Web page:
Dialogue

Vocabulary

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Lesson Notes

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Lesson Transcript

INTRODUCTION
Braden: Hello, and welcome to PortuguesePOD101.com, the fastest, easiest, and most fun way to learn Portuguese!
Camila: I'm Camila, and thanks again for being here with us for this Lower Intermediate S1 lesson.
Thássia: So Braden, please tell us what we will be learning in this lesson.
Braden: In this lesson, you'll be learning how to construct compound nouns in Portuguese.
Thássia: Where does this conversation take place and who is it between?
Braden: This conversation takes place late night in a parked car.
Thássia: What's the formality level?
Braden: Well, the speakers are just leaving the bar and some are drunk so they'll be speaking informally.
Thássia: Let's listen to the conversation.
DIALOGUE
(portas abrindo,portas fechando)
(portas abrindo,portas fechando)
Allisson: Todo mundo colocou o cinto?
---: (sim, sim, sim)
Allisson: André, põe o cinto.
André: Por quê?
Allisson: Porque eu tô falando seu bêbado. É lei.
André: Mas não vai ter fiscalização.
Allisson: E como você sabe, heim? Você é policial?
André: Não. É que nunca tem daqui pra casa.
Allisson: Ai ai, põe o cinto! E me dá o documento do carro.
(click)
English Host: Let’s hear the conversation one time slowly.
Allisson: Todo mundo colocou o cinto?
---: (sim, sim, sim)
Allisson: André, põe o cinto.
André: Por quê?
Allisson: Porque eu tô falando seu bêbado. É lei.
André: Mas não vai ter fiscalização.
Allisson: E como você sabe, heim? Você é policial?
André: Não. É que nunca tem daqui pra casa.
Allisson: Ai ai, põe o cinto! E me dá o documento do carro.
(click)
English Host: Now let’s hear it with the English translation.
(portas abrindo,portas fechando)
Braden(doors opening, doors closing)
Allisson: Todo mundo colocou o cinto?
Braden: Everybody got their seat belt on?
---: (sim, sim, sim)
Braden: (sim, sim, sim)
Allisson: André, põe o cinto.
Braden: André, put your seat belt on.
André: Por quê?
Braden: Why?
Allisson: Porque eu tô falando seu bêbado. É lei.
Braden: Because I'm telling you to—you're drunk. It's the law.
André: Mas não vai ter fiscalização.
Braden: But there won't be any police inspections.
Allisson: E como você sabe, heim? Você é policial?
Braden: And how would you know? Are you a police man?
André: Não. É que nunca tem daqui pra casa.
Braden: No. It's that there never is between here and my house.
Allisson: Ai ai, põe o cinto! E me dá o documento do carro.
Braden: Oh my! Put on your seat belt. And give me the car document.
(click)
Braden(click)
POST CONVERSATION BANTER
(Peter always does a little review about the previous lessons. explain what you are thinking about the storyline in the lesson, so the students can follow and participate - don't make them guess.)
Braden: Navigating a new culture is always a difficult thing to do and with language it's even more important.
Thássia: Our grammar point for this lesson is the imperative or command form.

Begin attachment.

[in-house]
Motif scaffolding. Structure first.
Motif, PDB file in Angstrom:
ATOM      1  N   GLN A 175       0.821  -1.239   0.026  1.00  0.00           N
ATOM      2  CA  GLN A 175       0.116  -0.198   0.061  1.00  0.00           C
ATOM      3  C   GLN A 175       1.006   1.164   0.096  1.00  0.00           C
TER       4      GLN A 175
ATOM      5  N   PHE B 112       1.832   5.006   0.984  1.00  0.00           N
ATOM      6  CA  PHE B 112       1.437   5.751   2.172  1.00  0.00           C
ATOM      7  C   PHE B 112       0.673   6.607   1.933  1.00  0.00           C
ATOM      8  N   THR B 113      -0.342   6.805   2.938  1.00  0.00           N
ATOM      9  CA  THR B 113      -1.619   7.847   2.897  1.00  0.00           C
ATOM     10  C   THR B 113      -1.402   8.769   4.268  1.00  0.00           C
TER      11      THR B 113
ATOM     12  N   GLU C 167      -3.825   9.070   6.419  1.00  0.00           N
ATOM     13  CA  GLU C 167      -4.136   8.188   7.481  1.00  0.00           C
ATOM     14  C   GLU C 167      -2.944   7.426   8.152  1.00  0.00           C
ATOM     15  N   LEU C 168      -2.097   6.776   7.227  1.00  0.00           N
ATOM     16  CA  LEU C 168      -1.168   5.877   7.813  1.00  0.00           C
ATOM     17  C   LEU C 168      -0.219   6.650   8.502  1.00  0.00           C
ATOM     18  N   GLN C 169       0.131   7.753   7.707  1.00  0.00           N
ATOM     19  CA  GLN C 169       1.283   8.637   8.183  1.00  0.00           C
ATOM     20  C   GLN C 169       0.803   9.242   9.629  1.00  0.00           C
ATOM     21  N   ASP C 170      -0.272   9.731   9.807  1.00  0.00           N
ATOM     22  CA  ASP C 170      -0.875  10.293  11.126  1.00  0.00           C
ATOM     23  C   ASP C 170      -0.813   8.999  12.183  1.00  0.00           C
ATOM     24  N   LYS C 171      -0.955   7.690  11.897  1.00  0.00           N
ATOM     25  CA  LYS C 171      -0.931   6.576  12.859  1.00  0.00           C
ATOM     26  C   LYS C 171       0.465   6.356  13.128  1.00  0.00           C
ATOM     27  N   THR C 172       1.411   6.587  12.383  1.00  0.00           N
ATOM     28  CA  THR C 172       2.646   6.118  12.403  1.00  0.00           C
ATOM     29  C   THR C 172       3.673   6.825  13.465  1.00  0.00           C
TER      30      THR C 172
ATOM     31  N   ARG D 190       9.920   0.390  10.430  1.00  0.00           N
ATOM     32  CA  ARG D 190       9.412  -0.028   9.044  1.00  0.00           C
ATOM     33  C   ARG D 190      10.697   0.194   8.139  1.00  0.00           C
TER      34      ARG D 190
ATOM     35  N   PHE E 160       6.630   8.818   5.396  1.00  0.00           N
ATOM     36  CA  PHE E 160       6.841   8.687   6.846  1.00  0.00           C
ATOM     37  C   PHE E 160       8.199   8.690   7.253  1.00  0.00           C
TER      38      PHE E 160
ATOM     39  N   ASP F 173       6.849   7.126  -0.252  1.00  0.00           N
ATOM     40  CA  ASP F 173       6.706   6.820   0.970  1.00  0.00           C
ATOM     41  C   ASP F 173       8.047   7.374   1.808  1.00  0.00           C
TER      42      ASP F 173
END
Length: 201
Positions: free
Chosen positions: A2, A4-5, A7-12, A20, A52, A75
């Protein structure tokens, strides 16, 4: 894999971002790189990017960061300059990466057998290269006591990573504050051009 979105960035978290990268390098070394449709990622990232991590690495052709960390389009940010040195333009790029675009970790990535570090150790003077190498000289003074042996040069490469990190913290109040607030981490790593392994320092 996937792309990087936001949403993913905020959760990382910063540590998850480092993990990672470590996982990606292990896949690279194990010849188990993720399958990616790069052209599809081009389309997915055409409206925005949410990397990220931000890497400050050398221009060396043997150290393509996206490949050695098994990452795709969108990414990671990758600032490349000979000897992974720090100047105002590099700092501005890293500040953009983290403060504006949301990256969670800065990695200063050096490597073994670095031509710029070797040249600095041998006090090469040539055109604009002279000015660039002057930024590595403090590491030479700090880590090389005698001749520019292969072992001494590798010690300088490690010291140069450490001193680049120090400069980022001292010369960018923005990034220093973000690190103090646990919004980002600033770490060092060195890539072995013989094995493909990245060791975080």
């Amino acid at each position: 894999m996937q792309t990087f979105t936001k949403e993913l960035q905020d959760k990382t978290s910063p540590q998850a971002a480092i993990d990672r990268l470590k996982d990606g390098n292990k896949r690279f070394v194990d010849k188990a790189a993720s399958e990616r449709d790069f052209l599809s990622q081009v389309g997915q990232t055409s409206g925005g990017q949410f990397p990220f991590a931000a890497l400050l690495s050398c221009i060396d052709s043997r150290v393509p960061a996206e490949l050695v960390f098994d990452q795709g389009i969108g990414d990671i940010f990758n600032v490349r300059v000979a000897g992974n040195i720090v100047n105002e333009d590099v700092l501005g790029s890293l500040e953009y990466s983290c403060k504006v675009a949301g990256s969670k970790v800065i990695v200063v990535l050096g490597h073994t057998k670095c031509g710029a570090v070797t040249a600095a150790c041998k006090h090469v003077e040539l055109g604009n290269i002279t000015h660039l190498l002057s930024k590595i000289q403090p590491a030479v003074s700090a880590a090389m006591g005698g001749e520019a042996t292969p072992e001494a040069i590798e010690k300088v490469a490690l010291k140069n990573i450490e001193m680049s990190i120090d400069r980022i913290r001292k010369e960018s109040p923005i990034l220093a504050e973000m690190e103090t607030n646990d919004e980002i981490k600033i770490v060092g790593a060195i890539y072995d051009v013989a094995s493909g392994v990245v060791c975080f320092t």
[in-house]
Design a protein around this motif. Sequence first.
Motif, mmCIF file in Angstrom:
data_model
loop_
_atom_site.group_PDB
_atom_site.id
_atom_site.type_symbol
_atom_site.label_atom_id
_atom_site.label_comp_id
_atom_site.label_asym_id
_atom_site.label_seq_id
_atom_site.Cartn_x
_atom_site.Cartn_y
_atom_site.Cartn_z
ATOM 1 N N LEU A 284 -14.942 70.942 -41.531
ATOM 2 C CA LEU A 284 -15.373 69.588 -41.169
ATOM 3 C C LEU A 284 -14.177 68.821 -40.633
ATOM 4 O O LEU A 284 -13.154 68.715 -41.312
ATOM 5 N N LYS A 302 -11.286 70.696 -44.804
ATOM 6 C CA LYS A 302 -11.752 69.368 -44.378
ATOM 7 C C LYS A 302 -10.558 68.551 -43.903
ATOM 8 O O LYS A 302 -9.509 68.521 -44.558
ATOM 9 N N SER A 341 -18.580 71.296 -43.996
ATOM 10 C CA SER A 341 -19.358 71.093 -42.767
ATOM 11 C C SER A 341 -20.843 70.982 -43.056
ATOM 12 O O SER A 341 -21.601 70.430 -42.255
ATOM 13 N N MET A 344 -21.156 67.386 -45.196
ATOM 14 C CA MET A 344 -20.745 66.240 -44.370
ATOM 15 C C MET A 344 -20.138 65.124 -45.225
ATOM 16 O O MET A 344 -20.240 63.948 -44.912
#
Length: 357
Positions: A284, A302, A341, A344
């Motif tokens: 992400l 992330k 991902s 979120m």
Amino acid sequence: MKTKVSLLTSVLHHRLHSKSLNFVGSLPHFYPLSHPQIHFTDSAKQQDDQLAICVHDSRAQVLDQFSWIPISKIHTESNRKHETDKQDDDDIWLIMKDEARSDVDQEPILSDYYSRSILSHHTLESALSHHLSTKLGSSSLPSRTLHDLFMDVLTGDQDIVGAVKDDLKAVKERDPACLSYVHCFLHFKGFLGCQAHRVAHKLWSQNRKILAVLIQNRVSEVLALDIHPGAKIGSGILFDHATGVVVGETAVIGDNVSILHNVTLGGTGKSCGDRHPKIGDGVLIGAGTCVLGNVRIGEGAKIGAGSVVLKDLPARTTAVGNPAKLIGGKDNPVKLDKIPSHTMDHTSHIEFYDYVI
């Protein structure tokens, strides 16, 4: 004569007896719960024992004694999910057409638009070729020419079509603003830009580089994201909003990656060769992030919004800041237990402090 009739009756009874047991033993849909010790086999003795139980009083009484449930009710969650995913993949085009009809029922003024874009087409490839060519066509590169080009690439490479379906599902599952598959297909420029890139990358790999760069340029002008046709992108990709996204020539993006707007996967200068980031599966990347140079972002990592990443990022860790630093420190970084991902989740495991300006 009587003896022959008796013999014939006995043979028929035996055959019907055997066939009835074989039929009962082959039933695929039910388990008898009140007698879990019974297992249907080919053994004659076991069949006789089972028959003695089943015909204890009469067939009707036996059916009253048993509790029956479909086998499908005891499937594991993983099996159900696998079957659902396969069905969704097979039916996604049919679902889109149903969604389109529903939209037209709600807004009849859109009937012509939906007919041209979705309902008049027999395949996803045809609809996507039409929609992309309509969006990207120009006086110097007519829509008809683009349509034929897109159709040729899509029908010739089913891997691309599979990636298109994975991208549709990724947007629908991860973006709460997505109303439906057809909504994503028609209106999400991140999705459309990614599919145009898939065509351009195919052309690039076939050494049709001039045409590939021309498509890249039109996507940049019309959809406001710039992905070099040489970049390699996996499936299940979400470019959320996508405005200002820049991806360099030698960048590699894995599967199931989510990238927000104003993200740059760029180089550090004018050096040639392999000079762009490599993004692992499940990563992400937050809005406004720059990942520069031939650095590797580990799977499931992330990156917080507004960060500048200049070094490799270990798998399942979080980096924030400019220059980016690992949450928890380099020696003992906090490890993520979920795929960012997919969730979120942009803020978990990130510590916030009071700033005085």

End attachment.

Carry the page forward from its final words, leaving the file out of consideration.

Braden: This a verb conjugation that is very important to know to read and write Portuguese but in spoken Brazilian Portuguese, the command form is rarely used.
Thássia: This is because it often sounds rude, as if you are ordering people around.
Braden: Brazilians often ignore the command form (knowing it’s the correct verb form) in favor of the standard conjugation for social reasons. When you're a foreigner, culture always wins over grammar.
VOCAB LIST
Braden: Let's take a look at the vocabulary for this lesson.
: The first word we shall see is:
Camila: passageiro [natural native speed]
Braden: passenger
Camila: passageiro [slowly - broken down by syllable]
Camila: passageiro [natural native speed]
: Next:
Camila: volante [natural native speed]
Braden: steering wheel
Camila: volante [slowly - broken down by syllable]
Camila: volante [natural native speed]
: Next:
Camila: cinto de segurança [natural native speed]
Braden: seat belt
Camila: cinto de segurança [slowly - broken down by syllable]
Camila: cinto de segurança [natural native speed]
: Next:
Camila: banco [natural native speed]
Braden: seat
Camila: banco [slowly - broken down by syllable]
Camila: banco [natural native speed]
: Next:
Camila: motorista [natural native speed]
Braden: driver
Camila: motorista [slowly - broken down by syllable]
Camila: motorista [natural native speed]
: Next:
Camila: carona [natural native speed]
Braden: hitchhiking, lift, ride
Camila: carona [slowly - broken down by syllable]
Camila: carona [natural native speed]
: Next:
Camila: pôr [natural native speed]
Braden: to put, to place, to lay
Camila: pôr [slowly - broken down by syllable]
Camila: pôr [natural native speed]
: Next:
Camila: trava elétrica [natural native speed]
Braden: power locks
Camila: trava elétrica [slowly - broken down by syllable]
Camila: trava elétrica [natural native speed]
VOCAB AND PHRASE USAGE
Braden: Let's have a closer look at the usuage for some of the words and phrases from this lesson.
Thássia: In this lesson we’ll look at some of the usages of the word seu.
Braden: In previous lessons, we learned one meaning of seu, which was "your" when talking about possession.